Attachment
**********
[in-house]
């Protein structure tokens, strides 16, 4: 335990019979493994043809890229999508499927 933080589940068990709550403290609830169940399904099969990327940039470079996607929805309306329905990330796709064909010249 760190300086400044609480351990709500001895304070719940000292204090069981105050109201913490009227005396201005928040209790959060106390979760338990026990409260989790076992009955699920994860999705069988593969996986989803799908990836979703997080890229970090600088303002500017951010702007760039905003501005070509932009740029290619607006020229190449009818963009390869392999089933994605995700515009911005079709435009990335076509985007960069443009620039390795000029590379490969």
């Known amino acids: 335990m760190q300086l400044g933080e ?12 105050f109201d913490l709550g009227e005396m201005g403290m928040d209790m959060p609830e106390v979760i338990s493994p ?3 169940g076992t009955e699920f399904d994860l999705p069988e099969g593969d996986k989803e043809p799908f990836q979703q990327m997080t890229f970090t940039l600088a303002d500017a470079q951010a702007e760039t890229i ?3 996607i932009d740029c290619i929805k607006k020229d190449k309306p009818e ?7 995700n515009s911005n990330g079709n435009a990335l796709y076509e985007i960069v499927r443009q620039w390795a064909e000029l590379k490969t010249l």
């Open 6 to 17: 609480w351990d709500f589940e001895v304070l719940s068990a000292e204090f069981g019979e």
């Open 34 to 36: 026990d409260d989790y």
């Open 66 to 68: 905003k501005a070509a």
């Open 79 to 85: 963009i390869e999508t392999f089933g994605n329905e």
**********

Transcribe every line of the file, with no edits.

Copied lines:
[in-house]
């Protein structure tokens, strides 16, 4: 335990019979493994043809890229999508499927 933080589940068990709550403290609830169940399904099969990327940039470079996607929805309306329905990330796709064909010249 760190300086400044609480351990709500001895304070719940000292204090069981105050109201913490009227005396201005928040209790959060106390979760338990026990409260989790076992009955699920994860999705069988593969996986989803799908990836979703997080890229970090600088303002500017951010702007760039905003501005070509932009740029290619607006020229190449009818963009390869392999089933994605995700515009911005079709435009990335076509985007960069443009620039390795000029590379490969």
């Known amino acids: 335990m760190q300086l400044g933080e ?12 105050f109201d913490l709550g009227e005396m201005g403290m928040d209790m959060p609830e106390v979760i338990s493994p ?3 169940g076992t009955e699920f399904d994860l999705p069988e099969g593969d996986k989803e043809p799908f990836q979703q990327m997080t890229f970090t940039l600088a303002d500017a470079q951010a702007e760039t890229i ?3 996607i932009d740029c290619i929805k607006k020229d190449k309306p009818e ?7 995700n515009s911005n990330g079709n435009a990335l796709y076509e985007i960069v499927r443009q620039w390795a064909e000029l590379k490969t010249l």
């Open 6 to 17: 609480w351990d709500f589940e001895v304070l719940s068990a000292e204090f069981g019979e």
């Open 34 to 36: 026990d409260d989790y």
């Open 66 to 68: 905003k501005a070509a």
């Open 79 to 85: 963009i390869e999508t392999f089933g994605n329905e």